Access your Pro+ Content below.
PCI council developing point-to-point encryption certification program
This article is part of the November 2011 issue of Information Security magazine
After issuing validation requirements for hardware-based point-to-point encryption, the PCI Security Standards Council is now developing a new program to certify point-to-point encryption products. A list of certified components is due out in April. Bob Russo, general manager of the PCI SSC, says the program will be modeled after certification procedures used for payment applications and PIN pad devices. The point-to-point encryption certification program will focus on securing and monitoring the hardware, developing and maintaining secure applications, and secure key management methodologies. “We looked at existing standards and referenced some best practices to come up with this program and certify some of these things,” Russo says. “I want to caution that anybody who thinks they are going to pick out a solution from this list and automatically be compliant is going to be surprised; there are still PCI compliance activities at the foundation of what they’ve got to do.” Point-to-point or end-to-end encryption has been touted by...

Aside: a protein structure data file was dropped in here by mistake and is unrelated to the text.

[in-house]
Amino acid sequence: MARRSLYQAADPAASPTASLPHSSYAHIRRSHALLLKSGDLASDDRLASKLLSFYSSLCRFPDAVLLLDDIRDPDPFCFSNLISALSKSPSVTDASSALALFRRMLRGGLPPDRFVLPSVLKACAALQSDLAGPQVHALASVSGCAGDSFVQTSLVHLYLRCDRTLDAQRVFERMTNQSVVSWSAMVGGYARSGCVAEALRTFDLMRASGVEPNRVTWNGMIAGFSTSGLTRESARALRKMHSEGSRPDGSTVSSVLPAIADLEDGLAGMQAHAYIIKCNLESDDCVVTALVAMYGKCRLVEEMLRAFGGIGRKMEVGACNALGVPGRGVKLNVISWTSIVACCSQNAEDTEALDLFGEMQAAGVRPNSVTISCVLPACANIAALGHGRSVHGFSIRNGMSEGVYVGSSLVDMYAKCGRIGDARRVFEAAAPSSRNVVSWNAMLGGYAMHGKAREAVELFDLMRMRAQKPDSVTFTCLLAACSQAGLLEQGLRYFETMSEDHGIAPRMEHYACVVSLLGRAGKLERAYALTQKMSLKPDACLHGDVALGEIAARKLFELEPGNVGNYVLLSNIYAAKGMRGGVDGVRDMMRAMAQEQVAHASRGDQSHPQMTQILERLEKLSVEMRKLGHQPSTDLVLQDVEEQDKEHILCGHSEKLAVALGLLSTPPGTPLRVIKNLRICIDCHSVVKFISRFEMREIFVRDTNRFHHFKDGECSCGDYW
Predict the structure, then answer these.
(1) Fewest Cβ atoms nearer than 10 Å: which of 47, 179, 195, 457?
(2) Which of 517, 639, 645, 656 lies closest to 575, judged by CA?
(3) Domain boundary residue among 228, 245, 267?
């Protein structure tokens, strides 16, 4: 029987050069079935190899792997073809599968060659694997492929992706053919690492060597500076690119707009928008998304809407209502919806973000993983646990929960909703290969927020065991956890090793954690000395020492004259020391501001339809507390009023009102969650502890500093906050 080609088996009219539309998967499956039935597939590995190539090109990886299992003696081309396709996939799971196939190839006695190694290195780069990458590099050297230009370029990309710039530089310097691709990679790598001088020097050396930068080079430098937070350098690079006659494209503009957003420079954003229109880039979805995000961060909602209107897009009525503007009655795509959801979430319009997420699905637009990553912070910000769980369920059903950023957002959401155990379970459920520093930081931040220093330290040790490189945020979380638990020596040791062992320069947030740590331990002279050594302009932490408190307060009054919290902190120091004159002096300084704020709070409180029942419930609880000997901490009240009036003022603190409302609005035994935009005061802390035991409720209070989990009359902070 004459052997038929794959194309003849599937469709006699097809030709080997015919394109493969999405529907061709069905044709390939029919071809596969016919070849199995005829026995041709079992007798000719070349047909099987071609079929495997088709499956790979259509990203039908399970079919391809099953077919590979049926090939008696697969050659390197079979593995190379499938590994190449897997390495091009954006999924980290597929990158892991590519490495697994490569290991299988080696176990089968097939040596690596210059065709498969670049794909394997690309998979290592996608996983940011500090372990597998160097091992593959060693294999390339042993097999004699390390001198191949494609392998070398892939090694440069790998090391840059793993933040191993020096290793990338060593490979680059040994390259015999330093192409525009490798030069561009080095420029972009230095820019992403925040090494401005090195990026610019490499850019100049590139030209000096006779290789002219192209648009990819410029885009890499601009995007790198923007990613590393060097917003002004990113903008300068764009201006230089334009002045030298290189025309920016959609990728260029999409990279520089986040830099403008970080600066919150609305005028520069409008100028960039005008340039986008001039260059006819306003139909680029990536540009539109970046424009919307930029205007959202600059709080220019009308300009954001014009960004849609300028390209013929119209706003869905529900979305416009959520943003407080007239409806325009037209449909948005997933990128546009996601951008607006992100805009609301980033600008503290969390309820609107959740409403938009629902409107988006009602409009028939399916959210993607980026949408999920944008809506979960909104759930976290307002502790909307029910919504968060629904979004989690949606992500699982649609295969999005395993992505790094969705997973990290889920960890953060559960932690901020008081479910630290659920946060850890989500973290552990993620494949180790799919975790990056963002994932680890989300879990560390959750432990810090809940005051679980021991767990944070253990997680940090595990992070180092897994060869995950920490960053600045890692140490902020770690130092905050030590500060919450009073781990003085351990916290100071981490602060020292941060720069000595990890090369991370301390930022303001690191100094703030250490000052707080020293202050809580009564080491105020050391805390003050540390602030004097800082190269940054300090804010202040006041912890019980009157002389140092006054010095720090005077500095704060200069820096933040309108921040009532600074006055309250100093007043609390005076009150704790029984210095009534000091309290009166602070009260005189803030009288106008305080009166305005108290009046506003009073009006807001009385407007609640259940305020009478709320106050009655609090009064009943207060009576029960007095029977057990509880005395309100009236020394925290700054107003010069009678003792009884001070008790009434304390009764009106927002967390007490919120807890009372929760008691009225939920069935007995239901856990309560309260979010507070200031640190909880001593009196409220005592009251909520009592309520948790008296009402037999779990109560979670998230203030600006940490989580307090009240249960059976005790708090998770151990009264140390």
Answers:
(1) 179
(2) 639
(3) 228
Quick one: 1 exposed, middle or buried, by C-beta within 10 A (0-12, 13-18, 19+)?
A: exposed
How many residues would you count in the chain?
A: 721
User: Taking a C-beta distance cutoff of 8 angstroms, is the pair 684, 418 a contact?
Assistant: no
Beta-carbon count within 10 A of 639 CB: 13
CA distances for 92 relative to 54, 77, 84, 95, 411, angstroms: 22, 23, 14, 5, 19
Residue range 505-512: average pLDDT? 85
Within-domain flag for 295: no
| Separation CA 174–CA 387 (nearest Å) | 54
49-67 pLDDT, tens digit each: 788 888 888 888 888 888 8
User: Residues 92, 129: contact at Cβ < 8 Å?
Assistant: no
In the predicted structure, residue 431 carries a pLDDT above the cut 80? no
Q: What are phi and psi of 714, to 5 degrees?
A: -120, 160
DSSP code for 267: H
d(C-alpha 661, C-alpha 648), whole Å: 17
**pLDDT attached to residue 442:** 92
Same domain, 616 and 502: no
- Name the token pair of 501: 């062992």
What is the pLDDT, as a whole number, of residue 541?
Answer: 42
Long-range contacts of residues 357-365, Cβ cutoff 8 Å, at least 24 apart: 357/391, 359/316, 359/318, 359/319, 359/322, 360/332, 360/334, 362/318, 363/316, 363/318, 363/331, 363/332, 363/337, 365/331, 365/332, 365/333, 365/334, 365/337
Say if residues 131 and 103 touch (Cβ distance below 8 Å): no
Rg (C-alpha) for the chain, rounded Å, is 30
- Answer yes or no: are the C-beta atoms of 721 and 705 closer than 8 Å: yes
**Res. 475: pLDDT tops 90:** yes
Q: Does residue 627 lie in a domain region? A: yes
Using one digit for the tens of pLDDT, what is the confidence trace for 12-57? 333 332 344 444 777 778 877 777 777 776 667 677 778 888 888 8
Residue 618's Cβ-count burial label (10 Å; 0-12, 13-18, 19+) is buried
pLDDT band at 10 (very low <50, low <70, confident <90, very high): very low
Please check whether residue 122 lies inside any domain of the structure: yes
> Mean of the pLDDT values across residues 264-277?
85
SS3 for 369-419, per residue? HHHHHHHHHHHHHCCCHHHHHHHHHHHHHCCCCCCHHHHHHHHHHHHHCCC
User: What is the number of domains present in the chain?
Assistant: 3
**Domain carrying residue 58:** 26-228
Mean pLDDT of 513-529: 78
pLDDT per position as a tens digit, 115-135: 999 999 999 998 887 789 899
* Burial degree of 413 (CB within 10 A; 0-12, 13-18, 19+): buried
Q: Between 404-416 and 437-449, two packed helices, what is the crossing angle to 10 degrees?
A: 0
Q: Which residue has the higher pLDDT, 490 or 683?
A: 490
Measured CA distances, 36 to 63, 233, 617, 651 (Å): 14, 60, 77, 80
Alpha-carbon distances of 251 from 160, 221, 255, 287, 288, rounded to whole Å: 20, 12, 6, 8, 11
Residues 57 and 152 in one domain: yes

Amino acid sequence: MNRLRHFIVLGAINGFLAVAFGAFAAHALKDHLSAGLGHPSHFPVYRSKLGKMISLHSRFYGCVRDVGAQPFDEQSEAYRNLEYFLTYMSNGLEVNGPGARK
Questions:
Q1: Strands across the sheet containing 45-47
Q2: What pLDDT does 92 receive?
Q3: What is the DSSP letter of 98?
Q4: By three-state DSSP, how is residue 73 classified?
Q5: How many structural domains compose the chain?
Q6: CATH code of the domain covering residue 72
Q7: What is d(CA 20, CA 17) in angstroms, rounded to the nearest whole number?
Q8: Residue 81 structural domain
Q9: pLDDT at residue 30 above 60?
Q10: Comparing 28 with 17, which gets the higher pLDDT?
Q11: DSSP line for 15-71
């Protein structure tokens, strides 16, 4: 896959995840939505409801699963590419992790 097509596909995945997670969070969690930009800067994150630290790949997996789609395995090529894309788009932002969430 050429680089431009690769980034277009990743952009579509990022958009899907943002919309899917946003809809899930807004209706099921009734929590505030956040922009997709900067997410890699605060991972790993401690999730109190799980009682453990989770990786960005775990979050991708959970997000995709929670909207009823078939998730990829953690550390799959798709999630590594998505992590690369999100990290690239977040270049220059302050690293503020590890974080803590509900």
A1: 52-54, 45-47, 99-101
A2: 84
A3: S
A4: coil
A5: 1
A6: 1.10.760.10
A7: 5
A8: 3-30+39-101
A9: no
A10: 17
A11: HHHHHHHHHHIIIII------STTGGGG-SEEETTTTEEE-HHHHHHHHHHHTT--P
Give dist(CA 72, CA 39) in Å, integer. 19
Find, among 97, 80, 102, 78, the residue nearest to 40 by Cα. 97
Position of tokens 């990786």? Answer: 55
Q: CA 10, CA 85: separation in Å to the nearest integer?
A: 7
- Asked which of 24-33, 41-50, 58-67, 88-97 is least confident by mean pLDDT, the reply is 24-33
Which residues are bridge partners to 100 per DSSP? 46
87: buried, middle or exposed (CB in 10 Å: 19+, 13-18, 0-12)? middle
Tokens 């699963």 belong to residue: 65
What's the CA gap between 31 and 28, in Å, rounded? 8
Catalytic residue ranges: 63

Features in this issue
PCI Security Standards Council plans to release a list of certified components in April.
An effective risk assessment process is essential, but many factors can skew the process and get in the way of security.
ISM November 2011 cover story: Eric Ogren on how virtual desktop infrastructure enhances compliance, data protection and malware protection.
Cybercriminals are zeroing in on small and midsize businesses with fewer security resources.
Columns in this issue
Security expert and Information Security magazine columnist Marcus Ranum talks to Richard Bejtlich, CSO and vice president, Mandiant Computer Incident Response Team (MCIRT) at security firm Mandiant.
We all have an explanation for weak security, but everyone needs to do their part to improve it.
China is being accused of hacking corporate, government and military networks in the U.S. for economic gain. Policy makers need to be versed in cybersecurity and figure out how to respond.